I have always loved the month of October. Growing up in Michigan, the October autumn days were often spectacular with bursts of fall foliage that Ohio (as glorious as the falls can be here) just seem to lack. The chillier days there were always perfect for trips to the cider mill with hot slightly greasy donuts and warmed cider to take away the chill. Michigan cider mills seemed to perfect the donut that was perfect for dunking. To this day I have fond memories of jumping in piles of leaves and of the smell of burning them in the backyard (still legal back then). Perhaps best of all was the sound of the crunch of those fallen leaves underfoot. To this day I am like a big kid when I go out to walk in the woods, deliberately going out of my way to step on them even if they are not directly in my path just so I can delight in that crunch.
But October brings more than just childhood memories of the glories of nature and enjoyable fall activities. I have grown to love the month because it gives me an excuse to ponder the great gift the Church gives us in devotion to the Blessed Virgin Mary. October has traditionally been the month dedicated to one of the most important prayers of the Church, the Holy Rosary prayed in her honor. That’s the prayer where we dig deep into the mysteries of the life of Jesus Christ her Son, through her eyes, so to speak. Part of the reason for that is that the month includes the feast day of Our Lady of the Rosary on October 7th. (Formerly, it was called Our Lady of Victory). That date was chosen because of the historical event of the Battle of Lepanto in the 16th century, when the Ottoman Turks almost overran Christendom until Pope St. Pius V had all of the Christian armies and faithful pray for the protection of Our Lady through the same Rosary. She interceded in a marvelous way, saving Christian Europe from what seemed an unstoppable threat and a potentially disastrous suppression of the faith.
But it is not just the power of Mary’s intercession that we contemplate this month. Just as with our mothers on earth, we don’t stay focused merely on what we can ask from her. We also seek to honor her, as the greatest of God’s creatures. When Mary was assumed into Heaven, she became Queen of Heaven and Earth, so that one of her titles is Queen of the Angels. That is something worth pondering. The angels are created by God with minds far more powerful than any human being. And yet, Mary is the Queen of all creation, including these astonishing beings. As the Scriptures tell us (Hebrews 2:5 ff. esp. v. 16), it was not as an angel that God descended to earth – but as a man, born of Mary’s womb, taking on her human flesh.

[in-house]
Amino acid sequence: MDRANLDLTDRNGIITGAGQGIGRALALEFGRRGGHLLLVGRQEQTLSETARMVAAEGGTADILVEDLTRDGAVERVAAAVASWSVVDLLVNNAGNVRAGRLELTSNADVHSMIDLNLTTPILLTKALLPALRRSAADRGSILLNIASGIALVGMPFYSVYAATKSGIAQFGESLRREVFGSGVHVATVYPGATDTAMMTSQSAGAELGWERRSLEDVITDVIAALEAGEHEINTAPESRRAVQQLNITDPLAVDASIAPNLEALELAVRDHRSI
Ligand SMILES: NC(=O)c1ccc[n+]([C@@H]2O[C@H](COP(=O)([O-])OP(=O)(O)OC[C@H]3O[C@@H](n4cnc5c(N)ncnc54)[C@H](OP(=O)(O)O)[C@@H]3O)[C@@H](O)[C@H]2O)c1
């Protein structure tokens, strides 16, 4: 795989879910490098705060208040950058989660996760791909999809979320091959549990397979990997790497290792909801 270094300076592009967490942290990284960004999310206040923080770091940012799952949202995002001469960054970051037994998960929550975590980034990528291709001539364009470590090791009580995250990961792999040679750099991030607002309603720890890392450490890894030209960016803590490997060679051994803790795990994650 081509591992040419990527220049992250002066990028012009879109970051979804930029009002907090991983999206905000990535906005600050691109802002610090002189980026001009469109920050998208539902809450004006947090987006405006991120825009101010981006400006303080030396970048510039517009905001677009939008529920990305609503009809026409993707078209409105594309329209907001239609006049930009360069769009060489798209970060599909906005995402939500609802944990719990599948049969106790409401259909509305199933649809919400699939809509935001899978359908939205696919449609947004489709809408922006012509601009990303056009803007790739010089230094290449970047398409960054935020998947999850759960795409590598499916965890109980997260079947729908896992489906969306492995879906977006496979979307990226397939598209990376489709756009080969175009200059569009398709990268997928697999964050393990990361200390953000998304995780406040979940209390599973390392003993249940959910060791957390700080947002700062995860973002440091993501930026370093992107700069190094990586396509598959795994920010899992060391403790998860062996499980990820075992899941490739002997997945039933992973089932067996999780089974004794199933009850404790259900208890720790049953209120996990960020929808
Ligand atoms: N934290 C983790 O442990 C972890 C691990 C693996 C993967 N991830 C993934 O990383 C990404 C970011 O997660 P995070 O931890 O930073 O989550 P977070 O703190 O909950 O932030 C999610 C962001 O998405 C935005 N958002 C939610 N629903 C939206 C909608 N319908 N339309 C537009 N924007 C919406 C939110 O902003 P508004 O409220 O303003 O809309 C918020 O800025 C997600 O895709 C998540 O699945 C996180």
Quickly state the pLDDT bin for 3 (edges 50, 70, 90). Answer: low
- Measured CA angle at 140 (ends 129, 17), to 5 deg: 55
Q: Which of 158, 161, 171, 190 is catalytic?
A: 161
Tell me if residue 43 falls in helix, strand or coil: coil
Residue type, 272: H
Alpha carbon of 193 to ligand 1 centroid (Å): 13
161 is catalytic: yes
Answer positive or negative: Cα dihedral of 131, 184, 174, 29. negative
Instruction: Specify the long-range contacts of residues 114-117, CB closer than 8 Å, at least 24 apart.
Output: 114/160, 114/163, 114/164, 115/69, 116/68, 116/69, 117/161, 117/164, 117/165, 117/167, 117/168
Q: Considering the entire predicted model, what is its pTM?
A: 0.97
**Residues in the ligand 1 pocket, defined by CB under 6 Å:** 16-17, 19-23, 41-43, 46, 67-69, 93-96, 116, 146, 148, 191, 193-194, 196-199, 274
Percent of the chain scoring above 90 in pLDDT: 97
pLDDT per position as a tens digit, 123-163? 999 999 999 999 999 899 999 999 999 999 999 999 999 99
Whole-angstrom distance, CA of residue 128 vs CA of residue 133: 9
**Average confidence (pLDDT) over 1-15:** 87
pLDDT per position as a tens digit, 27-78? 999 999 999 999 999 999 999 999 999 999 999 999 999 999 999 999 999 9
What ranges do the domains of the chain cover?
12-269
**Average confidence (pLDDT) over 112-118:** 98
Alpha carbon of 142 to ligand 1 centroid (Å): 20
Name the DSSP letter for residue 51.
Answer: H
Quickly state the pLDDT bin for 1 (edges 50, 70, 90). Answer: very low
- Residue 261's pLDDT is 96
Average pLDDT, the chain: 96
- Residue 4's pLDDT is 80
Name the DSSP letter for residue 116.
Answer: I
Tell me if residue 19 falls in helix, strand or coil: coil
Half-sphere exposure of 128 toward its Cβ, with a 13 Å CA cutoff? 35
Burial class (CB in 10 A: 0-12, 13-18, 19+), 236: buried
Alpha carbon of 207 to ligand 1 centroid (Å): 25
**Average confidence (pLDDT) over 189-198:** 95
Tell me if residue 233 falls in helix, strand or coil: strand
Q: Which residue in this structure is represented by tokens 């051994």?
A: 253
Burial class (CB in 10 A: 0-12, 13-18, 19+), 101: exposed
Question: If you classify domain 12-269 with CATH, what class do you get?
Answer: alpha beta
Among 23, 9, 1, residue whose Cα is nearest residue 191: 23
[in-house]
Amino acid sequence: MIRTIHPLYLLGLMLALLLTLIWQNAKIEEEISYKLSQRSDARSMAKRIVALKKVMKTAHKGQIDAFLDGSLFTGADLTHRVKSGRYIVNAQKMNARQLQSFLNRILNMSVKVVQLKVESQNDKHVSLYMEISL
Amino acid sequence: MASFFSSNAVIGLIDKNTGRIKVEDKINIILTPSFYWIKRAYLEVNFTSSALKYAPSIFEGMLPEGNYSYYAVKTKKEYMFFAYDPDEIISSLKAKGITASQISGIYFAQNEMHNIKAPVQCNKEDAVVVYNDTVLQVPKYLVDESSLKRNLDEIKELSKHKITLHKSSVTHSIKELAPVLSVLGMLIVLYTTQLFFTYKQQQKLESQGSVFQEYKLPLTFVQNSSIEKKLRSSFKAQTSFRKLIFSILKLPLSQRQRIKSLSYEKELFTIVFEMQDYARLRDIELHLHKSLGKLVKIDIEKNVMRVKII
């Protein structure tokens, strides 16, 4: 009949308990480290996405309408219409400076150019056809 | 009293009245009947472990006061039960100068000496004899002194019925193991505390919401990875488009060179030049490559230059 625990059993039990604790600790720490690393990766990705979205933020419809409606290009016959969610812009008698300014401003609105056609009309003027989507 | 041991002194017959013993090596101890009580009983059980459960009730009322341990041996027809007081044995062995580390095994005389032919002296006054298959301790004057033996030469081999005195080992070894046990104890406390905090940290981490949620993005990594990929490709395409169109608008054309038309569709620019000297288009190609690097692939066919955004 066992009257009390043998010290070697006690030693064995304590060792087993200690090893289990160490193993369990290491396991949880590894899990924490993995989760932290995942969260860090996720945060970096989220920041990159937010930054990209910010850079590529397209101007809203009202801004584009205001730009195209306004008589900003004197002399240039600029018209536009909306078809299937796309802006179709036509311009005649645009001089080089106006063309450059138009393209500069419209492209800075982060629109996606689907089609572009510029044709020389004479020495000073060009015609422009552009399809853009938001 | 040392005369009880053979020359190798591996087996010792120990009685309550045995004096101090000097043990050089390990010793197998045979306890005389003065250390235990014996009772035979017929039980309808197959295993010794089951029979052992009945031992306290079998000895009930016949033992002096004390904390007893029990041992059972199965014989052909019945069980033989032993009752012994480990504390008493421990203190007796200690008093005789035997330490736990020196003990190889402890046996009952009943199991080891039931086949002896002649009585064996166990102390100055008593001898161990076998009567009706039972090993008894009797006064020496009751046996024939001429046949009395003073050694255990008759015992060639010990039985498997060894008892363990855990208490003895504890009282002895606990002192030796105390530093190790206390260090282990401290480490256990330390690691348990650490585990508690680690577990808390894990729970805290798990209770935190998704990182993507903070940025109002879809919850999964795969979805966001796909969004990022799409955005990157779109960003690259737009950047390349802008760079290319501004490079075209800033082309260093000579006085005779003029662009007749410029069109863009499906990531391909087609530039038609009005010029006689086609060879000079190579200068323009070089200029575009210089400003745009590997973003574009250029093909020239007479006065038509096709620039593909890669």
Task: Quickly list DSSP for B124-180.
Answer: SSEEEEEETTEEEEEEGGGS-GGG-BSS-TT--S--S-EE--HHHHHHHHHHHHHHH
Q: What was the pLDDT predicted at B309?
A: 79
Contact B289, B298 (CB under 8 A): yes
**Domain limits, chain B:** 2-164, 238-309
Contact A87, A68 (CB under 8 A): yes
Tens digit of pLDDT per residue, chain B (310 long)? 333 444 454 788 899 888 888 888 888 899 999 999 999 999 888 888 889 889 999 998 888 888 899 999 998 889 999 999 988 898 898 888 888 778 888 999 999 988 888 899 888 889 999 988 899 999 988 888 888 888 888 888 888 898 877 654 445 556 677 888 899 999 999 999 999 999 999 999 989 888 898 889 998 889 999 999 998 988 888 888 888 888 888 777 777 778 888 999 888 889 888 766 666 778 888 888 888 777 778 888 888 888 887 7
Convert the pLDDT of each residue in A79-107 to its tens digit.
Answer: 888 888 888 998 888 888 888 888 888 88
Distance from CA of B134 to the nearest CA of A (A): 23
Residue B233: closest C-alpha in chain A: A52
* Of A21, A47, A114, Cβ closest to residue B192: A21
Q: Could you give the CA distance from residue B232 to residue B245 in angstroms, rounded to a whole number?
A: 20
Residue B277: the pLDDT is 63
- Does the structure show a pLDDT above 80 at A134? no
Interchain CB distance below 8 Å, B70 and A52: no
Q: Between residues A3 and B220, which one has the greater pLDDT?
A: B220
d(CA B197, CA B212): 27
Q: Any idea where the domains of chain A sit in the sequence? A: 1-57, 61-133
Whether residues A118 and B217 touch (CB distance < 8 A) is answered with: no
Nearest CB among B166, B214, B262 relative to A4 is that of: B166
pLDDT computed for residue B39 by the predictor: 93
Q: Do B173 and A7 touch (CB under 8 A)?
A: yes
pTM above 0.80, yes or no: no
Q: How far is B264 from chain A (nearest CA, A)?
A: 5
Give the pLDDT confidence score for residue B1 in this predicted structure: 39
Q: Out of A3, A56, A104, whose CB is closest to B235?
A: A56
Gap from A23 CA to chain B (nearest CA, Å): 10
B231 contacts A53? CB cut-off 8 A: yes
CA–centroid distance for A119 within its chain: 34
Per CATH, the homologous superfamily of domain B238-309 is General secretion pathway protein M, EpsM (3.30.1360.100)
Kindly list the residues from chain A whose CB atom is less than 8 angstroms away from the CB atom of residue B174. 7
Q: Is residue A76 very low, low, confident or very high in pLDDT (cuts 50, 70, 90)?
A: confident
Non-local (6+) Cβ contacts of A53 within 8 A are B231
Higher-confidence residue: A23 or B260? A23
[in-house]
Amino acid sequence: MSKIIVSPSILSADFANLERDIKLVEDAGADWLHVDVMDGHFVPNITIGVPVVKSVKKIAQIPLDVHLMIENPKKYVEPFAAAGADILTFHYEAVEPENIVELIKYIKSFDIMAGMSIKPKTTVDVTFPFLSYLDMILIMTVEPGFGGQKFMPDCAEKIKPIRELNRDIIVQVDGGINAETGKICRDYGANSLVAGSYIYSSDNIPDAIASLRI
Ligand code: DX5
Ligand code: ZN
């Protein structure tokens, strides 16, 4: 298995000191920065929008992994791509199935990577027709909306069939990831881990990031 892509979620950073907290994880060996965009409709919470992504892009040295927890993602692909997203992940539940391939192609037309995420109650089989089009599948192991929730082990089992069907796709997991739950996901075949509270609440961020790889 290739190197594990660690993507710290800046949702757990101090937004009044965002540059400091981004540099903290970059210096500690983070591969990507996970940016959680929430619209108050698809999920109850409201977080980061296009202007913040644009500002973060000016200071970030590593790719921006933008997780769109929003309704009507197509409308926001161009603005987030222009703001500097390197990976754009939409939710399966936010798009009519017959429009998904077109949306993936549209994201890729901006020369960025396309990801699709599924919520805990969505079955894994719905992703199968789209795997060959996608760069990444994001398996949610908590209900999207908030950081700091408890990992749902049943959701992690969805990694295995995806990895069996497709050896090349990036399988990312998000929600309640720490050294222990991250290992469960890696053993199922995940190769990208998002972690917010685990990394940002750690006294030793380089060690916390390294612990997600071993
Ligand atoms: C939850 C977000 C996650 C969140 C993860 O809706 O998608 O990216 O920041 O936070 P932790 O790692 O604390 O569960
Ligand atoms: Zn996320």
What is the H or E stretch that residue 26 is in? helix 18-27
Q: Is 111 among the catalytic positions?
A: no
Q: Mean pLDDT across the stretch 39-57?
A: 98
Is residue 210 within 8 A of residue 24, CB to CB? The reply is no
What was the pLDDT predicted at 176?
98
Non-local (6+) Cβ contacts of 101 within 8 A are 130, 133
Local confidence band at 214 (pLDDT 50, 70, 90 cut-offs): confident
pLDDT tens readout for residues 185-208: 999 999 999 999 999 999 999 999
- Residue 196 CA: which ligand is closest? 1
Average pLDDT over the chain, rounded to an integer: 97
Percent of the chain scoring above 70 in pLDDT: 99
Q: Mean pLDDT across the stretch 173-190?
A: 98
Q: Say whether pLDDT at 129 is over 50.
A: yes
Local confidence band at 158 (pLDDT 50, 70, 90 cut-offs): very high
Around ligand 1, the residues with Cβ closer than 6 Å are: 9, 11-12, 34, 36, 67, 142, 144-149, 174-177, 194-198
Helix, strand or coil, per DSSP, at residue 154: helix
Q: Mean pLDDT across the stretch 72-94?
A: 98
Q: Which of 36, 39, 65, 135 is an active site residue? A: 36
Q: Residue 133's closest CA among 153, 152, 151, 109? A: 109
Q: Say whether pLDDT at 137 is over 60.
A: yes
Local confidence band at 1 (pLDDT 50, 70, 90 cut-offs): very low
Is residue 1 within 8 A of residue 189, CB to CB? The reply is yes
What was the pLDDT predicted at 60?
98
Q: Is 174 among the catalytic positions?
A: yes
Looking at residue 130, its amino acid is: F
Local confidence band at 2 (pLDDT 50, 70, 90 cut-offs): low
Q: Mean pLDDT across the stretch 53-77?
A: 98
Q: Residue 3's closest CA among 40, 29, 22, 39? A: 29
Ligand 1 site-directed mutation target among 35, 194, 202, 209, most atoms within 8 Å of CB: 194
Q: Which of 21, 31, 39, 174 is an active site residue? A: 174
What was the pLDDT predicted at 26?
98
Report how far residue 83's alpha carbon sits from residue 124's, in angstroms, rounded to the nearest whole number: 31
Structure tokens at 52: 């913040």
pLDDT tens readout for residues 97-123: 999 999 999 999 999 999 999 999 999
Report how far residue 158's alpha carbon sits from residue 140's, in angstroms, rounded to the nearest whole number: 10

The French painter Bougereau created a magnificent painting of Our Lady under her title of Queen of the Angels (above). In it, the Blessed Virgin is shrouded in a deep velvety midnight blue mantle. The Christ-child she holds out for adoration is practically glowing with light. Even though His beautiful infant hands look very lifelike, if you look closely, you can see that the Divine Child’s right hand is slightly folded in the traditional depiction of blessing, with the middle and index finger slightly raised together and the thumb separated. Clearly, Mary is holding out Jesus so He can bless all mankind.
Meanwhile, the angels gaze in absolutely rapt attention at the Christ-child she holds out, marveling at the beauty of the Lord and the fact that the Word was made flesh. They are literally encircling Him, so that all eyes are turned to Christ.
Two of the angels at the bottom of the circle, at the feet of the Blessed Virgin Mary, gaze up at Him while they swing beautiful golden censers toward Him (see Revelation 8; also, the crown of stars around her head hints at Revelation 12). That’s a sign of worship and adoration, but also of sacrifice – hinting at the saving sacrifice that this Infant, Word of God, would enact as He grew to manhood and offered up His life for all mankind on the Cross.
All of the lines of the painting draw us inexorably inward to gaze at the wonder of Christ, the God-made-man, flooded with light, as the Blessed Virgin Mary demurely and humbly casts her eyes down, so that we are looking not at her, but rather at her Son.
That magnificent painting really says it all. This artwork, the praying of the Rosary, and the Holy Mass all point in the same direction: pulling us in like so much irresistible spiritual gravity into what the Lord holds out to those who are faithful to Him: the eternal contemplation of the goodness of Jesus the Lamb of God and communion with God the Father in the Holy Spirit in Heaven.
As we devoutly attend Mass this month and pray the Rosary, let’s ask Our Lady to intercede for us so that we never lose sight of that goal, of that Heavenly Communion with the Blessed Virgin Mary and all of the angels and saints.